Sibling rivalry among the Fujimorists muddies the political waters

10 July 2017

The rift between Keiko and Kenji Fujimori has continued to widen. Their relationship has suffered ever since last year’s presidential campaign when Kenji, Keiko’s younger brother, announced he would run in 2021 in the remote case (as it seemed at the time) that his sister did not win in 2016. He also notoriously did not vote in the second round and has since then tended to follow his own council in Congress, supporting causes that in Fuerza Popular (FP) are far from the party line such as gay and lesbian rights.

Kenji has closer ties with traditionalist FP legislators from the provinces, cultivating his own support outside the circle controlled by Keiko and her ring of close advisors.

But the issue that has divided the two most is that of their father, Alberto Fujimori. Two months ago, Keiko blocked an initiative in Congress that might have led to the liberation of the former president. Kenji is now trying to engineer a deal with the government by which his father would receive a presidential pardon.

Many media analysts have been praising this as they think it might open the way to a political solution making the country more governable. They speculate that if those that support Kenji in Congress split from those who back Keiko, the latter would no longer have an absolute majority thus making it easier to govern.

In an interview two weeks ago, President Pedro Pablo Kuczynski said that it was time to talk about a pardon for Fujimori. This would have brought him closer to the Fujimorista camp, especially Kenji.

Last week Keiko proposed a meeting with Kuczynski under the auspices of Luis Bedoya Reyes, elder statesman and founder of the Partido Popular Cristiano (PPC). Kuczynski accepted the offer, but said no mediation was necessary and that any agreement should be submitted to the Acuerdo Nacional, a supra-party institution designed to foster democratic governability. Keiko accepted the offer and the meeting was due to take place on 11 July.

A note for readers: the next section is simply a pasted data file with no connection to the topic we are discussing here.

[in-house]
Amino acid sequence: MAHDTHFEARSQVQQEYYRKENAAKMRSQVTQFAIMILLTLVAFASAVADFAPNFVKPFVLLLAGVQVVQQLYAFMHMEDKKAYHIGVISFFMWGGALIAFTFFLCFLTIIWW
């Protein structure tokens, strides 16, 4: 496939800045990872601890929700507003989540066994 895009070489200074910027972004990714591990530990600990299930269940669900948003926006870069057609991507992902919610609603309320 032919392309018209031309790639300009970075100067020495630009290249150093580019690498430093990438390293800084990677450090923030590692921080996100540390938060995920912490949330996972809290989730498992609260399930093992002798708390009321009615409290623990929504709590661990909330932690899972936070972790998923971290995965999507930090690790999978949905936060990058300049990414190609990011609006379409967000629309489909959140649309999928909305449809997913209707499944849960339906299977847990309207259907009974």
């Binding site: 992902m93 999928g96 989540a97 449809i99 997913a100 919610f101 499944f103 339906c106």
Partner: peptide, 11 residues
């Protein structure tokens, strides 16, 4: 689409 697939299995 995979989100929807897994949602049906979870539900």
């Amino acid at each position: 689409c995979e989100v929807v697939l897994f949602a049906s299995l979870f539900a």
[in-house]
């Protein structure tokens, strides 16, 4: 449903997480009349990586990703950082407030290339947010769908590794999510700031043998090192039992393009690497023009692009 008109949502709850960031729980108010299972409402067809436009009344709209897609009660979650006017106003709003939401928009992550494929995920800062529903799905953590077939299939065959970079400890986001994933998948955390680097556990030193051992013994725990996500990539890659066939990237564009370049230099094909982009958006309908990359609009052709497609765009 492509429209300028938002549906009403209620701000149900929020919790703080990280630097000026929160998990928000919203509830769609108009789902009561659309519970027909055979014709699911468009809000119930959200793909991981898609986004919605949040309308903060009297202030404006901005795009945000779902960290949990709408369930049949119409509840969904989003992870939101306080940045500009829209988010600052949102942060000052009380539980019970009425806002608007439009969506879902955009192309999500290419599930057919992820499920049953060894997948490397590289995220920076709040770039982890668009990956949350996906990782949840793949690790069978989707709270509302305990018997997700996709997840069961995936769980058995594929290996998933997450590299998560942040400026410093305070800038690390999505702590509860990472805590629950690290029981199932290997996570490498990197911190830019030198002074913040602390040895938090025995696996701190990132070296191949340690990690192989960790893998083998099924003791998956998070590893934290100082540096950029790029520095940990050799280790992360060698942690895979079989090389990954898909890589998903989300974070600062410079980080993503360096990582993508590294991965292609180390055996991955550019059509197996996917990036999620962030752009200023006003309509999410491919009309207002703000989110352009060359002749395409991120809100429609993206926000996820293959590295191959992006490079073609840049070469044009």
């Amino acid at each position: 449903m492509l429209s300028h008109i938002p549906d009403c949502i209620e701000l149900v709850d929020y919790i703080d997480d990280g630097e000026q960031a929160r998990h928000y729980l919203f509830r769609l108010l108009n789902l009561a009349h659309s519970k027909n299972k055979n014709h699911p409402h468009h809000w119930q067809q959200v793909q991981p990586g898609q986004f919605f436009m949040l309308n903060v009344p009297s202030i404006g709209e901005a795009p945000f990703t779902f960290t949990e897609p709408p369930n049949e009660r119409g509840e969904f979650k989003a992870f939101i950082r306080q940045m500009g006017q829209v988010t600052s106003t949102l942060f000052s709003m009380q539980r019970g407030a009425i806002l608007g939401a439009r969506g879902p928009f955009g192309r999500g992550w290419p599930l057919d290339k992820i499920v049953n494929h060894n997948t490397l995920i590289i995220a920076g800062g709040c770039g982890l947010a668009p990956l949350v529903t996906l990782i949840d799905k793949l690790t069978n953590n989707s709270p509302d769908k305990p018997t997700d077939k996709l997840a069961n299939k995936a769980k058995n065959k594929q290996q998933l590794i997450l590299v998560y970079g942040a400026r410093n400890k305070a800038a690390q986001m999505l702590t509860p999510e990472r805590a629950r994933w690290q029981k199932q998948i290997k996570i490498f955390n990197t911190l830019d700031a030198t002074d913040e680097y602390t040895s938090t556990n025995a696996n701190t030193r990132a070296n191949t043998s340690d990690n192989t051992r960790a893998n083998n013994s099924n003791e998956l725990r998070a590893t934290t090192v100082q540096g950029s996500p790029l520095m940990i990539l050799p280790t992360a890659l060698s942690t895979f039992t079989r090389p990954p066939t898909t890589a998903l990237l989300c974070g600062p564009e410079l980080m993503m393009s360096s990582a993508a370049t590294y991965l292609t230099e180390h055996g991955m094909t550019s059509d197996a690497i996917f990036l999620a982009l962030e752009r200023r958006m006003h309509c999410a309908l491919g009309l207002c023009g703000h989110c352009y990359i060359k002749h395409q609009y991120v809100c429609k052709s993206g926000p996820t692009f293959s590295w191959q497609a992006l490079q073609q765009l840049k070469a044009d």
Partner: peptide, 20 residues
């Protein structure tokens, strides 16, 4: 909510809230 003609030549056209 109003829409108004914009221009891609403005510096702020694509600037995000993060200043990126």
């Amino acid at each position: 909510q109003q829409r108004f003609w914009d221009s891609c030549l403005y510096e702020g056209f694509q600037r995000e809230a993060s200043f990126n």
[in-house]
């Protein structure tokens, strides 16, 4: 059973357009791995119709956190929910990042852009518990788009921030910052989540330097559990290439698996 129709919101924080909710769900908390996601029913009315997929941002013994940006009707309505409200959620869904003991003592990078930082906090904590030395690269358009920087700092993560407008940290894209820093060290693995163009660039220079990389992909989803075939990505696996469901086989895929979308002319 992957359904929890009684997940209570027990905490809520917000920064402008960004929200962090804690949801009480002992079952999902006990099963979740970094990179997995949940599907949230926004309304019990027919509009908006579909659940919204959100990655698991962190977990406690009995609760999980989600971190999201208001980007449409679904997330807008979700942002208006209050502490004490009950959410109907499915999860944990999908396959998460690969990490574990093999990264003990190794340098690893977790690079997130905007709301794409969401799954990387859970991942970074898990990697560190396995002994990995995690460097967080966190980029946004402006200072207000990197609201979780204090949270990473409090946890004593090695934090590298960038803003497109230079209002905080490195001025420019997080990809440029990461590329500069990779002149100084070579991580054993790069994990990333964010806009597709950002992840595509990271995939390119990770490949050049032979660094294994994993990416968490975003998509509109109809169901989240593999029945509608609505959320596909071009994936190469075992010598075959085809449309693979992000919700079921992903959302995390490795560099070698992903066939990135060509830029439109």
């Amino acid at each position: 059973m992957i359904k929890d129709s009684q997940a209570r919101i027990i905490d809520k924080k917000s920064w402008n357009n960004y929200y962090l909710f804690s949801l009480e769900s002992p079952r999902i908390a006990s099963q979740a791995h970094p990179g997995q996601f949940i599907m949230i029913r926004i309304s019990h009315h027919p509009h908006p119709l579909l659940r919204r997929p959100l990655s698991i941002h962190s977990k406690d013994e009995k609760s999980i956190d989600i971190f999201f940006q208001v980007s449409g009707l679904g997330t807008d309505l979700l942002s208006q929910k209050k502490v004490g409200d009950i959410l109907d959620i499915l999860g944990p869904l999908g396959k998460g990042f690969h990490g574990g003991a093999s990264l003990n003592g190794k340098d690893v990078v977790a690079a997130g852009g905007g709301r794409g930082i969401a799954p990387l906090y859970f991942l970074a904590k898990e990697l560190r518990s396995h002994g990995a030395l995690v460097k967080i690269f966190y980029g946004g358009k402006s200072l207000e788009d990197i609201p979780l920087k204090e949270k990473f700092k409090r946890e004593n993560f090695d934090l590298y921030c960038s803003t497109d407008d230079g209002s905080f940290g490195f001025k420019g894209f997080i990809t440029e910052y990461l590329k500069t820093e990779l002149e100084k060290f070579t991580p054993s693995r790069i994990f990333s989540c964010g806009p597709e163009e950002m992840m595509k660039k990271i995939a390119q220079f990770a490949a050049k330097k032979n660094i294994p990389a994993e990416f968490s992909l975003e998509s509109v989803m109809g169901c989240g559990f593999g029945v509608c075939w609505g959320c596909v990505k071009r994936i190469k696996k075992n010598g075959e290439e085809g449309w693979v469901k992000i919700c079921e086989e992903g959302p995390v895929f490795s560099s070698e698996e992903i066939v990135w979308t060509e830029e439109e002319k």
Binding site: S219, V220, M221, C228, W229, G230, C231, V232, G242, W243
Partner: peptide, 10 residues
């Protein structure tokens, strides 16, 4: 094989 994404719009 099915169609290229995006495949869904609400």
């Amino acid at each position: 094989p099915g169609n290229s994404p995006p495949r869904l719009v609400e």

A large march took place in Lima on 7 July in opposition to any pardon for Fujimori. The following day Kuczynski announced that he did not actually mean a pardon for Fujimori, but a “medical exemption”. He suggested that an assessment of the former president’s health would be made by the end of the year by top medical professionals.
http://elcomercio.pe/politica/ppk-alberto-fujimori-esto-indulto-perdon-medico-440394

He also said that the issue of any pardon for Fujimori would not be among the issues to be discussed in his meeting with Keiko.

 

All news

  • Historical Overview

    Over the past century Peru has suffered a series of autocratic governments and a civil war in which nearly 70,000 people died. Many of the country's ongoing political and social problems are a legacy of its somewhat turbulent past. 

  • Human Rights

    Human rights violations were widespread during the twenty years after the initiation of armed conflict in 1980. Efforts to convict perpetrators since the war's end have made only limited progress. Today, concerns remain over the treatment of those engaged in social protest, particularly against strategically important investment projects.

  • Climate Change

    Two important reports on the impacts of climate change, the Intergovernmental Panel on Climate Change’s (IPCC ) Special Report on Emissions Scenarios and the Stern Review, place Peru as one of the countries that will be most affected by the effects of climate change.

  • Why join the PSG?

    • Keep up to date with latest news and developments in Peru
    • Learn about key issues of poverty, development and human rights in Peru
    • Support the work of the Peru Support Group

    Become a member